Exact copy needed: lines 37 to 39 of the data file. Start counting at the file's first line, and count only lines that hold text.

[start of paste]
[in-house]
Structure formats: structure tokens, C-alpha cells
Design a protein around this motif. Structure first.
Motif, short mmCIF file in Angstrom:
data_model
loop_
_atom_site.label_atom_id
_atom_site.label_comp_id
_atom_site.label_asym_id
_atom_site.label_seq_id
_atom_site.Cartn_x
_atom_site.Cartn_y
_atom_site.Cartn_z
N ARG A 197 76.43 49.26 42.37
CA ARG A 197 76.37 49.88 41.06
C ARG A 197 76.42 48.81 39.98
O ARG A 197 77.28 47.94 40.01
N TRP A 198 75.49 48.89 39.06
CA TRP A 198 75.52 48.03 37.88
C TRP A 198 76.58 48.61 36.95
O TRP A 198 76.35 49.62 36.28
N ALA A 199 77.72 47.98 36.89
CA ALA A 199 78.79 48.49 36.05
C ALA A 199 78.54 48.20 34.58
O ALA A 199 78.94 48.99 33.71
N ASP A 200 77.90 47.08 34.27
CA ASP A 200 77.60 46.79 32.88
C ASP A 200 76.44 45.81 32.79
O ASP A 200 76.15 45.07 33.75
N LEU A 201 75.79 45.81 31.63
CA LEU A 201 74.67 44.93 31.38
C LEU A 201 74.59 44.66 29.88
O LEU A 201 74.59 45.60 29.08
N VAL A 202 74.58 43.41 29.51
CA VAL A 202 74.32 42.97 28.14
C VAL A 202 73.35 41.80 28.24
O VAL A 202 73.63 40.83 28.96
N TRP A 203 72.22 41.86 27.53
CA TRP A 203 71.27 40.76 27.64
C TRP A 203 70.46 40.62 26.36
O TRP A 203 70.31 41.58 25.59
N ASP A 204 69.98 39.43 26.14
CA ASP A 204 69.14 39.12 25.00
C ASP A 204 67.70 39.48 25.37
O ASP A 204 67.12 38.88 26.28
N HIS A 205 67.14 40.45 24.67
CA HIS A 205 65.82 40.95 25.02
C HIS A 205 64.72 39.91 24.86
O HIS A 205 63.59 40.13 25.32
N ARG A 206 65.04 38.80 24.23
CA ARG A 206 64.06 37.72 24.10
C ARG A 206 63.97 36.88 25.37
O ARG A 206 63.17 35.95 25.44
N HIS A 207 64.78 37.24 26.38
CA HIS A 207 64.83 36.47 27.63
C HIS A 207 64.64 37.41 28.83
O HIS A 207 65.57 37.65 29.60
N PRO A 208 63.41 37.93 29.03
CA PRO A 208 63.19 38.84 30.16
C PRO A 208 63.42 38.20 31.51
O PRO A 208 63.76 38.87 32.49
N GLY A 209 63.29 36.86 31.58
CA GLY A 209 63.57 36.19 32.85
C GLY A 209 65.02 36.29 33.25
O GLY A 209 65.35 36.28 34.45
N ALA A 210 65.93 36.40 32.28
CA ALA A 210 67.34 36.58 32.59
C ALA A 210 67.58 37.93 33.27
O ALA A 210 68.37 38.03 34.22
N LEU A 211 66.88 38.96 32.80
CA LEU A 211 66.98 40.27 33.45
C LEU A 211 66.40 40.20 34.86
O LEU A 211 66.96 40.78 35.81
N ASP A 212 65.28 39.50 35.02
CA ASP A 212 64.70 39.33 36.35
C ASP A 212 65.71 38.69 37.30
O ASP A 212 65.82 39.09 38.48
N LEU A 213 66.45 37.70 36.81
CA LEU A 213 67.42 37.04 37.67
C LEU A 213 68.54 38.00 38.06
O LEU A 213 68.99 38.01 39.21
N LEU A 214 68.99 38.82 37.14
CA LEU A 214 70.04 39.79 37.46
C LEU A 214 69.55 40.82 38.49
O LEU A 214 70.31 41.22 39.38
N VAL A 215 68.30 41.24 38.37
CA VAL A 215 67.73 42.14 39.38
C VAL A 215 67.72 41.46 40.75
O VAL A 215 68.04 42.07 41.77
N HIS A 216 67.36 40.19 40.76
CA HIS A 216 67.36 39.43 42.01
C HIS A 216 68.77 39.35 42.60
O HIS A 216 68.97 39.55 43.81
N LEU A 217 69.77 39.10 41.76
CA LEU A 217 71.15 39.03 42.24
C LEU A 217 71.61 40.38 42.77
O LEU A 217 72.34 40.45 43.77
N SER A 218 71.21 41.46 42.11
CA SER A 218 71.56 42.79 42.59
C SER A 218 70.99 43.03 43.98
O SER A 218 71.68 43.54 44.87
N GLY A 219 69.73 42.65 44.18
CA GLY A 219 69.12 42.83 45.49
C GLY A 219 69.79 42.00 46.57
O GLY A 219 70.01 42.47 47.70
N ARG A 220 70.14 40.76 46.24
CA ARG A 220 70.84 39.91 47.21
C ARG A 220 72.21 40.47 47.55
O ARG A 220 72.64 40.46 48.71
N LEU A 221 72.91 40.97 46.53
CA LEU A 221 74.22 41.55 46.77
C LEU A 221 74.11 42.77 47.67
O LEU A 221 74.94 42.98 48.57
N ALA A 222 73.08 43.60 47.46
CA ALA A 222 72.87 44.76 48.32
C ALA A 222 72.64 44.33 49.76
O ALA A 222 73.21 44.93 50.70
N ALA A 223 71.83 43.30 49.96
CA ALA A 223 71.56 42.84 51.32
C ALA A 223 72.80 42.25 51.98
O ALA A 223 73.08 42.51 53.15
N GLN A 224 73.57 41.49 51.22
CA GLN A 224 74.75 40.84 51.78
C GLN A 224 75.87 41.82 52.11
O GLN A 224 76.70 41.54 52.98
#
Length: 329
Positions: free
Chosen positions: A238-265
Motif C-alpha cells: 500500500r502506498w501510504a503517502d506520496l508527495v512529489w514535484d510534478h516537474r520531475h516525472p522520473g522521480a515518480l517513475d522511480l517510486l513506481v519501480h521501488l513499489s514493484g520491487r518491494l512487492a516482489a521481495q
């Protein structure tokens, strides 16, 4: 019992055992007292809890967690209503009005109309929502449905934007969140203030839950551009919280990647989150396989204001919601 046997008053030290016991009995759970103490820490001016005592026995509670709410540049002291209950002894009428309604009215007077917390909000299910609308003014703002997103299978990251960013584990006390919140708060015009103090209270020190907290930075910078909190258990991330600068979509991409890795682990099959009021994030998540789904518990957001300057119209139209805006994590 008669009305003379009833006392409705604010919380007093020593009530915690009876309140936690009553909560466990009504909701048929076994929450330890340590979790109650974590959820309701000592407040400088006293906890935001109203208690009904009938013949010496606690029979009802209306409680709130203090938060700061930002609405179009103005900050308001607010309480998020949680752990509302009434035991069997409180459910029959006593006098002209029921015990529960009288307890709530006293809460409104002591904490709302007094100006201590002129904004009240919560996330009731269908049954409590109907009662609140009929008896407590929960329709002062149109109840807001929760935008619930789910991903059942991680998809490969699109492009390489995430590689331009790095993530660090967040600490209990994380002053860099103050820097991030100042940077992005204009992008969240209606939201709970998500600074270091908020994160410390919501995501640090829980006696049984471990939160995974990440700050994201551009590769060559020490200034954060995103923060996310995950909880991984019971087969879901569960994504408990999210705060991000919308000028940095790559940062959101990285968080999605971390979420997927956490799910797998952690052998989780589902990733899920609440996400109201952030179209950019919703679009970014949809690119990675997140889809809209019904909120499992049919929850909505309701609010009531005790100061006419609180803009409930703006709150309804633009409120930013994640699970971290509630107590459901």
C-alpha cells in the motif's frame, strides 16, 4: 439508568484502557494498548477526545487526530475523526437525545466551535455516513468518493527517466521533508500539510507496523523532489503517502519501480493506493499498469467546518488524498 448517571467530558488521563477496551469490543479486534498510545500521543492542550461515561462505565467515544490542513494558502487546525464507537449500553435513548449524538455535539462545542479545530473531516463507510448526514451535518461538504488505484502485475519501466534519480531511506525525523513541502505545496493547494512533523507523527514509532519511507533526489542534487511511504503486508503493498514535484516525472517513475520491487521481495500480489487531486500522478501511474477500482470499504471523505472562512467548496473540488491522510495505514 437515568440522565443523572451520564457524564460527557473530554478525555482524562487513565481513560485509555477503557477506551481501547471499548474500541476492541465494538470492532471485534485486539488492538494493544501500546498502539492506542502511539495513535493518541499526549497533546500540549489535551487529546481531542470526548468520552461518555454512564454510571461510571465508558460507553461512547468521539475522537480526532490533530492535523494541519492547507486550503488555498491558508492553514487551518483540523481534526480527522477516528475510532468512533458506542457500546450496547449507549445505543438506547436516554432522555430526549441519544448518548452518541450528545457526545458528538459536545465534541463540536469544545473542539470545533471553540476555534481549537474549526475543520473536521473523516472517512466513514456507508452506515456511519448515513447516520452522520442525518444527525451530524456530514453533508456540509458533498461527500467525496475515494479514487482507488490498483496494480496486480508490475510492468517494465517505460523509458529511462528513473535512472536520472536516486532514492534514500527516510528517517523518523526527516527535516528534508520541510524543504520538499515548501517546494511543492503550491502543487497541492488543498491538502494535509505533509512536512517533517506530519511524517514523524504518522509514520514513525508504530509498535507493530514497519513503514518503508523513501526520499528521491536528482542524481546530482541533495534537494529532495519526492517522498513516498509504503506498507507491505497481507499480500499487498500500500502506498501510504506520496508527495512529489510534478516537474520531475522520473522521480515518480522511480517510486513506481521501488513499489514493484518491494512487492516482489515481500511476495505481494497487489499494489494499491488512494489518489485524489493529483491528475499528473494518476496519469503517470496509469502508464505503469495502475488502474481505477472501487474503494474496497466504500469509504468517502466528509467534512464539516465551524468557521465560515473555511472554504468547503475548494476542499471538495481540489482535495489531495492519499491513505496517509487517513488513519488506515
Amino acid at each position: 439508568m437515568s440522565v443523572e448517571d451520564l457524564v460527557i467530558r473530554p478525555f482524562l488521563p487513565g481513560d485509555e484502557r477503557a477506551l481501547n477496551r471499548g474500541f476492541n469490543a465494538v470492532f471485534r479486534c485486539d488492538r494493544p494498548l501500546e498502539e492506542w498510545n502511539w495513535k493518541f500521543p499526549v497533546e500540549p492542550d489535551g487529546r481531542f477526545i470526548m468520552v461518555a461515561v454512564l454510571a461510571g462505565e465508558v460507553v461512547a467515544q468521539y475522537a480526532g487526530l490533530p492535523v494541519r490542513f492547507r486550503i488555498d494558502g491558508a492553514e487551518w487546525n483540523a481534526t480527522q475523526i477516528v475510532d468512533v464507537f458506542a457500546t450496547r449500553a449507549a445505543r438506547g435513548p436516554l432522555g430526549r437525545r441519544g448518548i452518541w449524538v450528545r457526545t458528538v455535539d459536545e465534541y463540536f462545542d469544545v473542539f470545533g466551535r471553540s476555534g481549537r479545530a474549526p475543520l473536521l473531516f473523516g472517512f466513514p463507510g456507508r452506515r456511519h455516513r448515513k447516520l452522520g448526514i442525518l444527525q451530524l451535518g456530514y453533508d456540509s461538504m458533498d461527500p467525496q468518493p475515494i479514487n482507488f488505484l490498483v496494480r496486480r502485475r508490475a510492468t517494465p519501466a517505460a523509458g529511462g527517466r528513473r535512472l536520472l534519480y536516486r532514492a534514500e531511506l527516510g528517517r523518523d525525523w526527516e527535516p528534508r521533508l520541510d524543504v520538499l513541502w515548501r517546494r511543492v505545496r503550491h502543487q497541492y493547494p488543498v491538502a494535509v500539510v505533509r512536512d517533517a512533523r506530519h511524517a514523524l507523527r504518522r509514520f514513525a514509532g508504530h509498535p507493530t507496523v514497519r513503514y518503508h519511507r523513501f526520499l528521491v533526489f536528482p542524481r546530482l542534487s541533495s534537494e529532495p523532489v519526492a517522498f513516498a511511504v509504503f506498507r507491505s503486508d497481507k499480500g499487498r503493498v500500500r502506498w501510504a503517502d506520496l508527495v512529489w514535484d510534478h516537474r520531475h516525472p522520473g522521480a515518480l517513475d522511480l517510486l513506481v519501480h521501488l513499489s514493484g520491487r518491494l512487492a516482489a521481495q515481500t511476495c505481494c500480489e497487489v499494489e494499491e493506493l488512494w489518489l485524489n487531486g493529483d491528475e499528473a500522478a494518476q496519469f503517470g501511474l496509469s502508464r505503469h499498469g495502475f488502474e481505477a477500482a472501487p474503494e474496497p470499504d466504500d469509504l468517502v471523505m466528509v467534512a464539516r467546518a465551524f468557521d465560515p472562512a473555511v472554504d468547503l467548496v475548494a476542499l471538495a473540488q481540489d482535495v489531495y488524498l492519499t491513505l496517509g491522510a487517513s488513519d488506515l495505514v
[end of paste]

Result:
O VAL A 202 73.63 40.83 28.96
N TRP A 203 72.22 41.86 27.53
CA TRP A 203 71.27 40.76 27.64